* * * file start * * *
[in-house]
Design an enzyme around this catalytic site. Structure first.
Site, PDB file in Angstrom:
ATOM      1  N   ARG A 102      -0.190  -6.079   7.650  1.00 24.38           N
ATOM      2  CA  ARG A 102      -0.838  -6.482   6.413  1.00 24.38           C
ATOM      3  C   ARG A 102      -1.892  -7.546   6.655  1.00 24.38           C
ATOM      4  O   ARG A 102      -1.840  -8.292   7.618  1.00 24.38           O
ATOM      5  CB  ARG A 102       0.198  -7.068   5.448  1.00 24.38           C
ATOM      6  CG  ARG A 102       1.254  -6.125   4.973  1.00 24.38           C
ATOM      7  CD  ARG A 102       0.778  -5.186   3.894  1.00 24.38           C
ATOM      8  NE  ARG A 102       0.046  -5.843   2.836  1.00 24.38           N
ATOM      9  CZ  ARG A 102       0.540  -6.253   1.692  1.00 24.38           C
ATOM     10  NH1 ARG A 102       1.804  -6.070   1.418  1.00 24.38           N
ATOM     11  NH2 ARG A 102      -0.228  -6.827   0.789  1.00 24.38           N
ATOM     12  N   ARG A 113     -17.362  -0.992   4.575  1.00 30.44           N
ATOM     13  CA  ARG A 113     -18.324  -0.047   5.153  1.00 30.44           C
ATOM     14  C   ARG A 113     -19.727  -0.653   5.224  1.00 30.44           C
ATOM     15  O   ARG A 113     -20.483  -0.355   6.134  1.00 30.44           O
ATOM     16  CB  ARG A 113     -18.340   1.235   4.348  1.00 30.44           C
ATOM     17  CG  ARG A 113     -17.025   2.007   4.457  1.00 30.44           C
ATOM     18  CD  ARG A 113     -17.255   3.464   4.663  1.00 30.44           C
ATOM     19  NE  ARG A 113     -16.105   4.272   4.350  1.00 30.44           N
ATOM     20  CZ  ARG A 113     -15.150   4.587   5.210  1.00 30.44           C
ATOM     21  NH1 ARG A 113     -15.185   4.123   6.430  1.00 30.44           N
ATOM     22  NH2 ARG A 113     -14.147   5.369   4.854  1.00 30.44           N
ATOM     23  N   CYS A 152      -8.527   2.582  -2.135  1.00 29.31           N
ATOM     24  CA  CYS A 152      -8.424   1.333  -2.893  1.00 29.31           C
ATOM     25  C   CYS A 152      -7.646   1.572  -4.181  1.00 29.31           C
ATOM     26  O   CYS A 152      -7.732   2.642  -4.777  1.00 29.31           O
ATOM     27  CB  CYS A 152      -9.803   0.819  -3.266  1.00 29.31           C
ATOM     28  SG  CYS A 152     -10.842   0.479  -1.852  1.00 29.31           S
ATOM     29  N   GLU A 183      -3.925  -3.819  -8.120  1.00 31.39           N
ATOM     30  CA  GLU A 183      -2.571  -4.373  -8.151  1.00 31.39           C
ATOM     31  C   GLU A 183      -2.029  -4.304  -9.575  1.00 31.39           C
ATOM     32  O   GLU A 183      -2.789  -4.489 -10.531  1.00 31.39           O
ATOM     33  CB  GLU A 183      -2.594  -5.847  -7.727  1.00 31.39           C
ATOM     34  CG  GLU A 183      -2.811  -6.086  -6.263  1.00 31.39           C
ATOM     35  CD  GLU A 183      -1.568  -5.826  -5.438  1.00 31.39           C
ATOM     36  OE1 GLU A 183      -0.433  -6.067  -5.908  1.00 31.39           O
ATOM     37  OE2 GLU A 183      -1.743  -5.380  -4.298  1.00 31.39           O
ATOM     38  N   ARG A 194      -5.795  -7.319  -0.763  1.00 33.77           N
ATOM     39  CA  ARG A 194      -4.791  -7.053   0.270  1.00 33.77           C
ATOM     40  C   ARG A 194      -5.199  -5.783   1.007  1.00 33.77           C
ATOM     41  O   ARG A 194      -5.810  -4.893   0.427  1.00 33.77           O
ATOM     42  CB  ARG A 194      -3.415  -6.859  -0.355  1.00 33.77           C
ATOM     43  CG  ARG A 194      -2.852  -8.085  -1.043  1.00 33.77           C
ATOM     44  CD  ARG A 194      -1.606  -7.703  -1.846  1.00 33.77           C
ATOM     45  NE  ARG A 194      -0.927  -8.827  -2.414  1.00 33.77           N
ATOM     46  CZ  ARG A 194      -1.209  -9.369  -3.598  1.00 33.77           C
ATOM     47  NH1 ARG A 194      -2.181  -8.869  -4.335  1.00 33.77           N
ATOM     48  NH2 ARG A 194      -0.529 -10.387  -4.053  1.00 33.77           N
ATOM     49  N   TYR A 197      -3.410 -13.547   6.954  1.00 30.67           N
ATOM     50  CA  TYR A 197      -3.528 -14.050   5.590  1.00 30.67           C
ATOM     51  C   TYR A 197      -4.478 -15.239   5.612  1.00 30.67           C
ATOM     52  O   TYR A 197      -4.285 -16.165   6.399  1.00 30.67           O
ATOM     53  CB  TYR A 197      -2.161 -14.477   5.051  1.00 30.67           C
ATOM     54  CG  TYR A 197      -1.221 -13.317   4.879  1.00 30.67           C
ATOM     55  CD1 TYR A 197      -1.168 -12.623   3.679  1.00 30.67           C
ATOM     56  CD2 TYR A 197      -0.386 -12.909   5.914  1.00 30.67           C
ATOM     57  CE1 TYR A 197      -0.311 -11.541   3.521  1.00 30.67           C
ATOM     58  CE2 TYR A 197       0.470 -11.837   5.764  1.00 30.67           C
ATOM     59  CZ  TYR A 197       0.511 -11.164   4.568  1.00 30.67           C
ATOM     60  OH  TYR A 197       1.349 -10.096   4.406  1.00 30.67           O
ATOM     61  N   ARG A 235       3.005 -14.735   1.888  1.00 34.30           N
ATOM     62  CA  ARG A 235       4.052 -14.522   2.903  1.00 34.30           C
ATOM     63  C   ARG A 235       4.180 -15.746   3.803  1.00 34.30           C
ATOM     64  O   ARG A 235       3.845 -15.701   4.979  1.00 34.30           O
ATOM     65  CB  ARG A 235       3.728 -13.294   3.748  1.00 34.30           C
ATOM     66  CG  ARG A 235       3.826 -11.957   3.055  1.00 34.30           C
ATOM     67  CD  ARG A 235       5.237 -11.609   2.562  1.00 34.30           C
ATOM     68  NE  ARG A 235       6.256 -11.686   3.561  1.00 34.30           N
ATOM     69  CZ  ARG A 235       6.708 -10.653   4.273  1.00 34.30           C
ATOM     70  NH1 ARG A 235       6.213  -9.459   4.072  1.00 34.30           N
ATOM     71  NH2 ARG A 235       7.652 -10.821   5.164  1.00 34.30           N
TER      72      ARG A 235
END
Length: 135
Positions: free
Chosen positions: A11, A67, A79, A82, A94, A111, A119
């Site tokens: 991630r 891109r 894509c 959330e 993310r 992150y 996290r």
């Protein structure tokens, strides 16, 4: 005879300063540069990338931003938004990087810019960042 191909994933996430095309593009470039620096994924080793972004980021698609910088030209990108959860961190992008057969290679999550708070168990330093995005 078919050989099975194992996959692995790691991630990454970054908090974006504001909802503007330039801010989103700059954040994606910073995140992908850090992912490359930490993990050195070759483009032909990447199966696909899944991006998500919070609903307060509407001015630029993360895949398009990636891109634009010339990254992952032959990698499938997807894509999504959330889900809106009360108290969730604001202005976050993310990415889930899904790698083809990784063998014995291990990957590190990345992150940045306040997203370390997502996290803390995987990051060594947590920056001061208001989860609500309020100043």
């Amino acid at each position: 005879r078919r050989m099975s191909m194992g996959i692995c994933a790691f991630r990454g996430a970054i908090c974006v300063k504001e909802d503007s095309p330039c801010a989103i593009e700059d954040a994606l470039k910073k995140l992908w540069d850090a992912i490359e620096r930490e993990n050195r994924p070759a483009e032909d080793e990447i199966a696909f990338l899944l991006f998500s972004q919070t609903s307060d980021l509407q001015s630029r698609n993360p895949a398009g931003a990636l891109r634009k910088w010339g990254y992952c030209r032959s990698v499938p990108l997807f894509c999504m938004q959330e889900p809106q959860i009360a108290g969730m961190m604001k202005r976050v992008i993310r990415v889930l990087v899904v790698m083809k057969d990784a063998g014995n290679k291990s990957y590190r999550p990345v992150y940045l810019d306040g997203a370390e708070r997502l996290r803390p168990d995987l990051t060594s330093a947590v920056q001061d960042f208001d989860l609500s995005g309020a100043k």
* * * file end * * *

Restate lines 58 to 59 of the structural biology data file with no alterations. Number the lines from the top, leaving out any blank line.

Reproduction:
ATOM     55  CD1 TYR A 197      -1.168 -12.623   3.679  1.00 30.67           C
ATOM     56  CD2 TYR A 197      -0.386 -12.909   5.914  1.00 30.67           C